Photo 8/33   |   Stock Hangers
7. The stock hangers are reused, so care was taken while removing them all. Cook’s even had the right tool for the job, although we’re guilty of using a screwdriver many a time.
Photo 9/33   |   Tailpipe
8. Rather than cut the tailpipe in half, we opted to remove the right rear shock and get rear half of the exhaust out in one fell swoop.
Photo 10/33   |   Catalyctic Converter
9. This is the section you’re going to want to keep. The catalytic converter is deleted on the MBRP kit, but they provide an extra pipe that your existing cat can be spliced into, creating the versatility of both max performance, and keeping your truck smog legal if you’re in a green state.
Photo 11/33   |   Downpipe Cutting
10. We did have to do some cutting with the downpipe. It was either that or removing the transmission crossmember, so out came the die grinder. After that, both halves slipped right out.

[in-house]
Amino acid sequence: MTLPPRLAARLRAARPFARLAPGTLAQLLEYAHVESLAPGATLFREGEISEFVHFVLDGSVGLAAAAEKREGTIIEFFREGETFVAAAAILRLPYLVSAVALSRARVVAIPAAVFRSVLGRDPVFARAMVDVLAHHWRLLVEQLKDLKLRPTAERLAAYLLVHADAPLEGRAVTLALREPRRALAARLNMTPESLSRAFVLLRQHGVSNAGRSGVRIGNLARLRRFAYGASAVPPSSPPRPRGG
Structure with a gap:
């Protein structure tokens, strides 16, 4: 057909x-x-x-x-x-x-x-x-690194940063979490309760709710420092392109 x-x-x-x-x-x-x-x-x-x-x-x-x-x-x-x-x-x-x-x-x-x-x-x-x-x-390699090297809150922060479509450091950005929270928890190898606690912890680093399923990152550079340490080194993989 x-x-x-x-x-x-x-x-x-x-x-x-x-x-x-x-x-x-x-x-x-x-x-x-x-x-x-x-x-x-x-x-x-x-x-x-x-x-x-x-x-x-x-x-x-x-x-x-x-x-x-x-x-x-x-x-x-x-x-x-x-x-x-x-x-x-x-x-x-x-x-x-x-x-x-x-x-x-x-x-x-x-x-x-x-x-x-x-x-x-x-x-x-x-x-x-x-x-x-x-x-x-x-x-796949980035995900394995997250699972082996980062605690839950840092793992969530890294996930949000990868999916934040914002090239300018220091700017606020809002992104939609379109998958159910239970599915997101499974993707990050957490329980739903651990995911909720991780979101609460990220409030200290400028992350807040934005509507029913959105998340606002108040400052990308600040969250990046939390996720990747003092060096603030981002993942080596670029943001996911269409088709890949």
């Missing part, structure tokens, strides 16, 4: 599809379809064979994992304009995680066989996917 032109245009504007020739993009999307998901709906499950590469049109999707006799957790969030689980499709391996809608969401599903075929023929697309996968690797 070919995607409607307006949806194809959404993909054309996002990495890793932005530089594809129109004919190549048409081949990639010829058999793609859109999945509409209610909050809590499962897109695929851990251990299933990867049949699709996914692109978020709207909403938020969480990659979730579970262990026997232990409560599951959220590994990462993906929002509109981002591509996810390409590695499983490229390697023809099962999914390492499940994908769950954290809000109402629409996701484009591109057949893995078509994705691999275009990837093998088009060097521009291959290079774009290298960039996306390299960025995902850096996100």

Photo 12/33   |   Mbrp Downpipe
11. The MBRP downpipe comes in two pieces, so the first half was fed back up to the turbo and clamped loosely to the turbo until the rest of the components were installed.
Photo 13/33   |   Mid Pipe Installed
12. Then, the “mid” pipe was installed over the downpipe and clamped into place loosely.
Photo 14/33   |   Stock Rubber Hangers
13. Just to throw us off a little, Cook’s hung the tail section next using the stock rubber hangers.
Photo 15/33   |   Mbrp Muffler
14. Then the MBRP muffler was slipped onto both ends of the pipe and twisted into place. These mufflers are directional so you need to make sure it’s going in right. (Pro Tip: If you adjust the muffler just right it will read MBRP in just the right spot when you peek under the truck from the passenger side.)
Photo 16/33   |   Mbrp Embossed Tip
15. The last component to fit up is the MBRP-embossed tip. It was slid on and awaiting final adjustment. Now is the time to do any twisting necessary to minimize any clearance issues.
Photo 17/33   |   Exhaust
16. From there we started up at the turbo, and tightened down each clamp as we worked our way down the exhaust.